William Shakespeare's Love's Labour's Lost in the complete original text.
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Love's Labour's Lost

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Act V. Scene II.

Page: 1 2 3
Dum. [Aside to BOYET.] He may not by the
Arm. This Hector far surmounted Hanni-
Cost. The party is gone; fellow Hector, she is
gone; she is two months on her way.
Arm. What meanest thou?
Cost. Faith, unless you play the honest Troy-
an, the poor wench is cast away: she's quick;
the child brags in her belly already: 'tis yours.
Arm. Dost thou infamonize me among po-
tentates? Thou shalt die.
Cost. Then shall Hector be whipped for Ja-
quenetta that is quick by him, and hanged for
Pompey that is dead by him.
Dum. Most rare Pompey!
Boyet. Renowned Pompey!
Ber. Greater than great, great, great, great
Pompey! Pompey the Huge!
Dum. Hector trembles.
Ber. Pompey is moved. More Ates, more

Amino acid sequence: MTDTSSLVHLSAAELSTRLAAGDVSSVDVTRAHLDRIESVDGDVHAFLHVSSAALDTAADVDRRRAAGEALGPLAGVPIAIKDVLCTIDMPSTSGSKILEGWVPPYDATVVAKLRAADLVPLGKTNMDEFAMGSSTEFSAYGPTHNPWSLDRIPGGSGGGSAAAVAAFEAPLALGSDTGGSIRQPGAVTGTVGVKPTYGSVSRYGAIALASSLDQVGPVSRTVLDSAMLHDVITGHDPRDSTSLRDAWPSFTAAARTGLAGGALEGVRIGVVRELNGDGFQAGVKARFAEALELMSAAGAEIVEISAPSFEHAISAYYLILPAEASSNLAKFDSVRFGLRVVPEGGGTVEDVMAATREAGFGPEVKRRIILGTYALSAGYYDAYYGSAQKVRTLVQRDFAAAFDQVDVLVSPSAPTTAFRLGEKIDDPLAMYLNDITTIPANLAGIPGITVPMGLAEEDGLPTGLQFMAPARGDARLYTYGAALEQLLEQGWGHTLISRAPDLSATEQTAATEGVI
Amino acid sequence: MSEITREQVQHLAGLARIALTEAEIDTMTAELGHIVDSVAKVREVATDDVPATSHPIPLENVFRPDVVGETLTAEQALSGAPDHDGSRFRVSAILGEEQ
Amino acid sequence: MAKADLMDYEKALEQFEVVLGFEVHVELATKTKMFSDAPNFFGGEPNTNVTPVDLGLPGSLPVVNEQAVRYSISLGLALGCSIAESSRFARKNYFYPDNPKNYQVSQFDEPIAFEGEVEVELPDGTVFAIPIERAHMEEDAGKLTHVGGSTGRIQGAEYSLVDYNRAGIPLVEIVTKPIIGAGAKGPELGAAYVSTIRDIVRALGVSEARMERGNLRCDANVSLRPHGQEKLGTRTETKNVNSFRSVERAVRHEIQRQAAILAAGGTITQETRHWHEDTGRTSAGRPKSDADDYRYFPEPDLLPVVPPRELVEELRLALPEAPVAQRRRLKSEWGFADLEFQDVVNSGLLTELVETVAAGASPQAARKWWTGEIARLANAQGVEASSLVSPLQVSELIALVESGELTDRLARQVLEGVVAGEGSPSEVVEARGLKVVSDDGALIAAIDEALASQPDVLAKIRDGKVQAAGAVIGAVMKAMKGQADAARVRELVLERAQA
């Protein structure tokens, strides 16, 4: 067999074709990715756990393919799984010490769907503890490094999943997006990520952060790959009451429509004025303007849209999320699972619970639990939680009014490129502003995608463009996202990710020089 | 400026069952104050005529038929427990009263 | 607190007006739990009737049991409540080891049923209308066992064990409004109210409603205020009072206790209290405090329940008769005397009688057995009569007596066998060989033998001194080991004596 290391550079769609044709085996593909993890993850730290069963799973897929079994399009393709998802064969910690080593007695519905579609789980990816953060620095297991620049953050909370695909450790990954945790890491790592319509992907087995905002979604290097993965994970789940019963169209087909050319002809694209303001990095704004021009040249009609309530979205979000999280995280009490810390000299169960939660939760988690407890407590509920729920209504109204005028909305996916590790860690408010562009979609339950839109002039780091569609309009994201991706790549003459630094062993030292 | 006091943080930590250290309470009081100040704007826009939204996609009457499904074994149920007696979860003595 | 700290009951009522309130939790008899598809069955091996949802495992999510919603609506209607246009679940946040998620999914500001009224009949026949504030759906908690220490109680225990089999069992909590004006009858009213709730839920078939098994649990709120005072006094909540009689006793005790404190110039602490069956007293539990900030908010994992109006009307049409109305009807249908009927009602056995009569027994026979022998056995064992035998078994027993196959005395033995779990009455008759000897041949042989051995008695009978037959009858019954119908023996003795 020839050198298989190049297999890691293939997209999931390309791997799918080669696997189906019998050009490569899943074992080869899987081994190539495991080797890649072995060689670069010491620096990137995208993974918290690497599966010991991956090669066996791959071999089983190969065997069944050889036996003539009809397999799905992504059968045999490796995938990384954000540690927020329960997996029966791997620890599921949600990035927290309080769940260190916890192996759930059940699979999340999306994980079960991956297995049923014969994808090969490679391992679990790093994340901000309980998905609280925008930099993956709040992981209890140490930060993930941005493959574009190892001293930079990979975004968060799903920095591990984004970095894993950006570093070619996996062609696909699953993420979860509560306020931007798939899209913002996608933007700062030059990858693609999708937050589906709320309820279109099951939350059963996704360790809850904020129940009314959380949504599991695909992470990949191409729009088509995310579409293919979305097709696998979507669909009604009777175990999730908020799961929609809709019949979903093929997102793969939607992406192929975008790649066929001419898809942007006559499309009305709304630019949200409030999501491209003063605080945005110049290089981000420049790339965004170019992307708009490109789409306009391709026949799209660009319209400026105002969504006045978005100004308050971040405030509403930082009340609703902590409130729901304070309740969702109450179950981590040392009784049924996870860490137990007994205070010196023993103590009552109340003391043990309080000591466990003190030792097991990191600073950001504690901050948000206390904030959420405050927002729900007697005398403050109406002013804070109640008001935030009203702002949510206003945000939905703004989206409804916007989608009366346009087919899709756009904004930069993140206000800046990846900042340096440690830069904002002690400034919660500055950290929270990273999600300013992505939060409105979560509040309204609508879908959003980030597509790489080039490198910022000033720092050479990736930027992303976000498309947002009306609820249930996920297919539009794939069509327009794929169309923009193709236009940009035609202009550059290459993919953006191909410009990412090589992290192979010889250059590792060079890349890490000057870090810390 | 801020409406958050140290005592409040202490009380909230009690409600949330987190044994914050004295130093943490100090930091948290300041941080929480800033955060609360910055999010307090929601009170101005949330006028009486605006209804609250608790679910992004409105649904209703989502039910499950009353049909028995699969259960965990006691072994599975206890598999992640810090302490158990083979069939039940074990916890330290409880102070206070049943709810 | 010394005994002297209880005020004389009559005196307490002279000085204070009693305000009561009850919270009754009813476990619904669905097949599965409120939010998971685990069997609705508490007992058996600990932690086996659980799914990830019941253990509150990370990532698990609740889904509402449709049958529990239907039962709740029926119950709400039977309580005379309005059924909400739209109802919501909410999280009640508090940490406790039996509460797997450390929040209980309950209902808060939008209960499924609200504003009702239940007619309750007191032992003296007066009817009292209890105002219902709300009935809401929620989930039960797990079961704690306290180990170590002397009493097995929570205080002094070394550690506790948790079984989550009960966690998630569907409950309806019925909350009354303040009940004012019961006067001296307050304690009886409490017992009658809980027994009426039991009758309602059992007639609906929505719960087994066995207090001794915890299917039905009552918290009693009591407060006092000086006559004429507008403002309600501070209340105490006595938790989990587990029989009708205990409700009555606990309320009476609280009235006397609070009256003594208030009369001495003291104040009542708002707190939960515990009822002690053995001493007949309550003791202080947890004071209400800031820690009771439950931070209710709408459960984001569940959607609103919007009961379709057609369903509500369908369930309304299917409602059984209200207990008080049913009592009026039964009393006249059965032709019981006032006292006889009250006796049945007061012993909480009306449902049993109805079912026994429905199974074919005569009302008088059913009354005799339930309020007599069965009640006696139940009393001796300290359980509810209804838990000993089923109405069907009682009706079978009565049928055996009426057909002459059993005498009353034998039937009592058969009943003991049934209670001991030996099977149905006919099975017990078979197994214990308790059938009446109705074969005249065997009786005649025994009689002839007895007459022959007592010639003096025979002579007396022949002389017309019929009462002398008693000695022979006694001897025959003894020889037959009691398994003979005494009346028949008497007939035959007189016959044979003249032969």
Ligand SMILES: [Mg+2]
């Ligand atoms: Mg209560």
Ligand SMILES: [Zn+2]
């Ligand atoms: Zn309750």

Ates! stir them on! stir them on!
Dum. Hector will challenge him.
Ber. Ay, if a' have no more man's blood in's
belly than will sup a flea.
Arm. By the north pole, I do challenge thee.
Cost. I will not fight with a pole, like a
northern man: I'll slash; I'll do it by the
sword. I bepray you, let me borrow my arms
Dum. Room for the incensed Worthies!
Cost. I'll do it in my shirt.
Dum. Most resolute Pompey!
Moth. Master, let me take you a button-hole
lower. Do you not see Pompey is uncasing for
the combat? What mean you? you will lose
your reputation.
Arm. Gentlemen and soldiers, pardon me; I
will not combat in my shirt.